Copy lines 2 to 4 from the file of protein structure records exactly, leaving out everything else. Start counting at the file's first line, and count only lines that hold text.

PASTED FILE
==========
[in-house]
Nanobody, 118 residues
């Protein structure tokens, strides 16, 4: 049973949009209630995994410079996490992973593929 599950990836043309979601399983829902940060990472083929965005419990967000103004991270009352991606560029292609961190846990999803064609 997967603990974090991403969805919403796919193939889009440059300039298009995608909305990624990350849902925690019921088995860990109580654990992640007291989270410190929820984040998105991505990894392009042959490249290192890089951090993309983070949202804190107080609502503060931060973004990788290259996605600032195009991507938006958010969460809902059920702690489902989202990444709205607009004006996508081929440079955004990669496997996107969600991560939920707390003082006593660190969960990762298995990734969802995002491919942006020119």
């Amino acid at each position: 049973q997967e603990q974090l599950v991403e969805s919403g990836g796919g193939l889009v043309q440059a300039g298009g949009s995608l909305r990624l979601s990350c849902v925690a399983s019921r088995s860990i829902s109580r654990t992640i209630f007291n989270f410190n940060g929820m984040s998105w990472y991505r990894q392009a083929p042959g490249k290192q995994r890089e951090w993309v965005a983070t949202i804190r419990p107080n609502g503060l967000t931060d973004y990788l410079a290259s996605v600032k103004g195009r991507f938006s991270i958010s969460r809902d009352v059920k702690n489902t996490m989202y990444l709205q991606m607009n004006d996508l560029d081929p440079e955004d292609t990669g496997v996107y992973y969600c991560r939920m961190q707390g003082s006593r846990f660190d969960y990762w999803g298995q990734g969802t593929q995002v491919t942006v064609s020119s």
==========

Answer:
Nanobody, 118 residues
């Protein structure tokens, strides 16, 4: 049973949009209630995994410079996490992973593929 599950990836043309979601399983829902940060990472083929965005419990967000103004991270009352991606560029292609961190846990999803064609 997967603990974090991403969805919403796919193939889009440059300039298009995608909305990624990350849902925690019921088995860990109580654990992640007291989270410190929820984040998105991505990894392009042959490249290192890089951090993309983070949202804190107080609502503060931060973004990788290259996605600032195009991507938006958010969460809902059920702690489902989202990444709205607009004006996508081929440079955004990669496997996107969600991560939920707390003082006593660190969960990762298995990734969802995002491919942006020119």
């Amino acid at each position: 049973q997967e603990q974090l599950v991403e969805s919403g990836g796919g193939l889009v043309q440059a300039g298009g949009s995608l909305r990624l979601s990350c849902v925690a399983s019921r088995s860990i829902s109580r654990t992640i209630f007291n989270f410190n940060g929820m984040s998105w990472y991505r990894q392009a083929p042959g490249k290192q995994r890089e951090w993309v965005a983070t949202i804190r419990p107080n609502g503060l967000t931060d973004y990788l410079a290259s996605v600032k103004g195009r991507f938006s991270i958010s969460r809902d009352v059920k702690n489902t996490m989202y990444l709205q991606m607009n004006d996508l560029d081929p440079e955004d292609t990669g496997v996107y992973y969600c991560r939920m961190q707390g003082s006593r846990f660190d969960y990762w999803g298995q990734g969802t593929q995002v491919t942006v064609s020119s």